As a kid I didn’t have all that many friends, I never saw the appeal when I already had the most perfect friend I could wish for: my twin sister Renee. We were identical and inseperable, but our personalities were as different as night and day. I was pretty loud and outspoken, laughed at anything and could get along with pretty much anyone. Looking back I could probably have had a lot of friends considering the combination of pleasing features and all round likeable character that would definitely have worked in my advantage if I had wanted to spend time with anyone but Renee. Maybe it was a sense of responsibility, she wouldn't have had any friends for herself as, like I said we were pretty much polar opposites.
She was quiet and usually miserable. When people tried to approach her they often regretted it as soon as she opened her deceivingly pretty mouth. She was armed with the remarkable ability to essentially read people's life stories after a couple of minutes of listening to them. She could recognise who and what they loved, their greatest fears and the nature of their darkest secrets and would arm herself with them, any attention turned to her resulted in barbs being flung at the poor soul, vicious remarks that would guarantee her continued solitude. I seemed to be the only exception to this.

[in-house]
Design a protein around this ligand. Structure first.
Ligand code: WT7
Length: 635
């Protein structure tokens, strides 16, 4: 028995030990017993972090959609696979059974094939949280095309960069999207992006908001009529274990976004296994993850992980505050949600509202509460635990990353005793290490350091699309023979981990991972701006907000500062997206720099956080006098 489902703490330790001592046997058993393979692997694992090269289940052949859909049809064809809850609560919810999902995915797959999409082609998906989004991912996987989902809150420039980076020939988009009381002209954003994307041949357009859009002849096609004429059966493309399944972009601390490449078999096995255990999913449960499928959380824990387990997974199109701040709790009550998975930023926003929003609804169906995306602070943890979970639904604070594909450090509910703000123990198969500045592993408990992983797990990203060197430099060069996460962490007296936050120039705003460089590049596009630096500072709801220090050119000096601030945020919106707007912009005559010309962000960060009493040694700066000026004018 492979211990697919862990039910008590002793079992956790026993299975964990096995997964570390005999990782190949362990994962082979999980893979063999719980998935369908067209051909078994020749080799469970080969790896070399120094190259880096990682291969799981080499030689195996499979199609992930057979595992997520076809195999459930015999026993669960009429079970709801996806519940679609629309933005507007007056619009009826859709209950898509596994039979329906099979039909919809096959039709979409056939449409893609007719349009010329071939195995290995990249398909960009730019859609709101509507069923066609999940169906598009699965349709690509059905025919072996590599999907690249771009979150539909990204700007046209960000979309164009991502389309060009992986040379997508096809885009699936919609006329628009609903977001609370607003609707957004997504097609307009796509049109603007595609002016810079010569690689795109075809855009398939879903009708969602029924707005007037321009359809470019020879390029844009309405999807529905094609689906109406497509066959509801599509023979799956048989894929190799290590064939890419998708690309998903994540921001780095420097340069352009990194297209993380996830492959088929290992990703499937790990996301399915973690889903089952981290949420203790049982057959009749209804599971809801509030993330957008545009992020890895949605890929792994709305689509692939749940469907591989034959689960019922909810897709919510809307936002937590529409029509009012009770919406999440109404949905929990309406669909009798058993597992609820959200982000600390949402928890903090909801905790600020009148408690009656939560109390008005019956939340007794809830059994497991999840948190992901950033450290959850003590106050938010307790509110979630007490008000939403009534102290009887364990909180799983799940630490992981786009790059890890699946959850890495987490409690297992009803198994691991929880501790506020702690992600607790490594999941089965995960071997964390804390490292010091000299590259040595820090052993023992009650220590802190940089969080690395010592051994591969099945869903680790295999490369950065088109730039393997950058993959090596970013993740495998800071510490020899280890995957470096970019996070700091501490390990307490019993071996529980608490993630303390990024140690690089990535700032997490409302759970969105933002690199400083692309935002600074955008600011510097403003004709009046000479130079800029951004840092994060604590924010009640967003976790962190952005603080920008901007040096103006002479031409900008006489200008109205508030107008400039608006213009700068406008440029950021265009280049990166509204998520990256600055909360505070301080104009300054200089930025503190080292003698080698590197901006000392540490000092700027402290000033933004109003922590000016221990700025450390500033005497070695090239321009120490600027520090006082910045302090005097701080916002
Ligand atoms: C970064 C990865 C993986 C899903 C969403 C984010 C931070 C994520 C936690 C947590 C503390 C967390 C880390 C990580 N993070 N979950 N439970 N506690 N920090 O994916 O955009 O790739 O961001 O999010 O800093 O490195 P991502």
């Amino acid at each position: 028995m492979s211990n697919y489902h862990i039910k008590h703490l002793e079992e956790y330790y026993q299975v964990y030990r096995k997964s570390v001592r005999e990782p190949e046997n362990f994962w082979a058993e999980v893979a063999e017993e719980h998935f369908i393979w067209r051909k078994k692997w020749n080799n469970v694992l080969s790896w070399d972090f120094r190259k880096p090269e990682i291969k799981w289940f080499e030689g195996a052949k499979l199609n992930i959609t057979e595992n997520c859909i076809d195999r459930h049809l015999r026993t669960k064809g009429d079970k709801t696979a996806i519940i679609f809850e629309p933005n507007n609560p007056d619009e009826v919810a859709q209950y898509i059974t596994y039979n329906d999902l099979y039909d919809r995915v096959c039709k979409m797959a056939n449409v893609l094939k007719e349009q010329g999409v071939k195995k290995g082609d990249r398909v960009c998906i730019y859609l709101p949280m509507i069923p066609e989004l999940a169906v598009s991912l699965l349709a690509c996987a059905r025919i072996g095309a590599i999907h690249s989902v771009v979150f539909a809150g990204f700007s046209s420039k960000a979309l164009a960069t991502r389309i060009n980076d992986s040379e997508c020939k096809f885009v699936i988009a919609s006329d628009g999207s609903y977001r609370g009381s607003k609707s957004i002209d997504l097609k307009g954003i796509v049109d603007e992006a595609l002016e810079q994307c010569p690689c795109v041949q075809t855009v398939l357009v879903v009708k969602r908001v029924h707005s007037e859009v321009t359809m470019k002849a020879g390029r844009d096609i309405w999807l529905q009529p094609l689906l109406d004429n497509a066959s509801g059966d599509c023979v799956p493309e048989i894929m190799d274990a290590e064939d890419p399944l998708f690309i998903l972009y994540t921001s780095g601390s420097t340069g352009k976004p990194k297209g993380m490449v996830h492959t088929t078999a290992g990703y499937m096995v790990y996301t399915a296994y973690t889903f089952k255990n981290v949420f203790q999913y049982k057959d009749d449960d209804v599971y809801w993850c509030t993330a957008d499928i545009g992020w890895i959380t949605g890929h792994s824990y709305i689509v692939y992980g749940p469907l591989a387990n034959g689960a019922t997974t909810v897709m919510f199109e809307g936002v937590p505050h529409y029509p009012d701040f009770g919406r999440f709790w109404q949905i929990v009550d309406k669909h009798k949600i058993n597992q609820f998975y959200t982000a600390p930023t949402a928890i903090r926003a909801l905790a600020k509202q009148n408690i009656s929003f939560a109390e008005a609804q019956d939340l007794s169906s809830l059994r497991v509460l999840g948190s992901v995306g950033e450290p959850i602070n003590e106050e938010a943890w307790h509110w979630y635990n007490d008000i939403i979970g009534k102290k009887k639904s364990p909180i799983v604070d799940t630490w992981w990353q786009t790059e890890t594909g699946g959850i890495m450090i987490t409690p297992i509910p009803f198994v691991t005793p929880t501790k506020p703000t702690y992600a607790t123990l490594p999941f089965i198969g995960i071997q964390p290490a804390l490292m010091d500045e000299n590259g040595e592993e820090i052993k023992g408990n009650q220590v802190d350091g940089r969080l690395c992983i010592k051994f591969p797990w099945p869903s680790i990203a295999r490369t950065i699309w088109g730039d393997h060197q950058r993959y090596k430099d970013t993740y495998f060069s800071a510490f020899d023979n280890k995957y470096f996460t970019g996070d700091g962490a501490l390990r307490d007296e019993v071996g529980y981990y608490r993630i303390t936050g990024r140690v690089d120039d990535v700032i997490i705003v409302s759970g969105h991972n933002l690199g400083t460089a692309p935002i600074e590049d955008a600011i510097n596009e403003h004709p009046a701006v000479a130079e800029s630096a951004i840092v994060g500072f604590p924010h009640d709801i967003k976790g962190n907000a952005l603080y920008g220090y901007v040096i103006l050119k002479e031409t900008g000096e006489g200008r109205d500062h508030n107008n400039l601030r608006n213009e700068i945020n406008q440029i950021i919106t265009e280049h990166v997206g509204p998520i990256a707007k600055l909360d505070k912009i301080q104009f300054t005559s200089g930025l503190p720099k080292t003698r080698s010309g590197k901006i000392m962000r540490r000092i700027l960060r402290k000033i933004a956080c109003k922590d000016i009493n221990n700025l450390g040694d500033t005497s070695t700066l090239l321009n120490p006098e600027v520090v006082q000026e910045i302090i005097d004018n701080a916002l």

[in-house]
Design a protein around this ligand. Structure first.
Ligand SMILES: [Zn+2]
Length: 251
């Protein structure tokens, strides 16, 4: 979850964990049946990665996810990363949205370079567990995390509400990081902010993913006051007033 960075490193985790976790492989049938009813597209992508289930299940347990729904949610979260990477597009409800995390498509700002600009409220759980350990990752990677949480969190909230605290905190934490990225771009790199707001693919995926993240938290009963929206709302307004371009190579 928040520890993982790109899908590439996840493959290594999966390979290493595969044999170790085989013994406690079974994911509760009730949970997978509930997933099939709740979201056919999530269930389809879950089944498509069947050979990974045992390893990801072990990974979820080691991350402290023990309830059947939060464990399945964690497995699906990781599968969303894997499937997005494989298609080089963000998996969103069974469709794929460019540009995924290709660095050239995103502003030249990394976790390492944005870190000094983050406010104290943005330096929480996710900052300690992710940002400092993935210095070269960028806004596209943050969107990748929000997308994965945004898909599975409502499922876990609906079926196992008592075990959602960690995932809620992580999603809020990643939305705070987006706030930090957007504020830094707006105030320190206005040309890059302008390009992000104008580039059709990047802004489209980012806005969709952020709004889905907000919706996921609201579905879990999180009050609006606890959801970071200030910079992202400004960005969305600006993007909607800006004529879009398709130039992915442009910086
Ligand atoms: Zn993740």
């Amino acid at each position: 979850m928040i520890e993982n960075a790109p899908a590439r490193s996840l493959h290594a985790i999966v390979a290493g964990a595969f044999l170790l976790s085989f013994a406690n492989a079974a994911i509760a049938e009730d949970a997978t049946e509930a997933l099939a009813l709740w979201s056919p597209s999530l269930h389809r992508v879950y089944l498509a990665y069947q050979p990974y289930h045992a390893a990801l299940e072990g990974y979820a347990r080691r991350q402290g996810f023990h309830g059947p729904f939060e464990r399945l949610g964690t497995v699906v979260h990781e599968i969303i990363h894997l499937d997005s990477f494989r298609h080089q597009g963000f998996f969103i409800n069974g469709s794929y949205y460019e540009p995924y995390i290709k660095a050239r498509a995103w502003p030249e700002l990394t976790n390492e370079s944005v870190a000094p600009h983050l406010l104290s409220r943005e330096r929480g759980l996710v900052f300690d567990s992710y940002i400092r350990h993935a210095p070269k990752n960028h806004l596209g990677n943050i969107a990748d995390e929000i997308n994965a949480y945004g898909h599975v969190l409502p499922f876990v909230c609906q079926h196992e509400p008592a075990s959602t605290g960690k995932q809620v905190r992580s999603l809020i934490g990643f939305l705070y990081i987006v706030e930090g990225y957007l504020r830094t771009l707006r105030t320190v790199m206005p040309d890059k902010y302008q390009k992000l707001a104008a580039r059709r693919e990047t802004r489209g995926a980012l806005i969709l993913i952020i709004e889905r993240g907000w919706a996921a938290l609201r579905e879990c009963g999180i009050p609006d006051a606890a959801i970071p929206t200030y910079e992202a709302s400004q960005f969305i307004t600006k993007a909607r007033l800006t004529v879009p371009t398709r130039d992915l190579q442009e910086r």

She was rarely kind but not cruel, it was mostly as if she just tolerated me. This seems pretty bad, I realise that, it’s difficult to put to words how we functioned, we didn’t need the kindness, we needed reliability, the knowledge that someone was there for us. Our parents were pretty shitty people who, from our perspective, could not be trusted. They always tried to separate us. I never understood it, they would always try and convince us that it would be a good idea to go meet new people and make other friends and allow others into our own little world even though we didn't want them. We didn't need anyone else.
They hurt Renee. Never physically, but they made her feel worthless and made her think that she was a bad person. They took her to psychiatrists who would all prescribe her some new “medicine” that always did more harm than good. It made her even angrier but made her keep that anger to herself, made her turn that anger on herself because they made her see all the awful things she said and did to other people. She just kept spiralling down into the ever darkening pit of her mind. The medicine always pushed her further and further away from me.
She would whisper at night, sometimes to me but mostly to herself. Muttering away that the doctors and our parents couldn’t be trusted, that they were trying to get rid of her because they didn’t care, that our parents had never loved her. I would always try to coax her away from these horrible thoughts but she stopped listening to me. The rare times where I did invite a “friend” from school to visit us, she would whisper away about how they didn’t really care, they just felt bad for me because I was all alone with a messed up sister.
She would try so hard to pull me into that pit with her, although I don’t think she was doing it on purpose.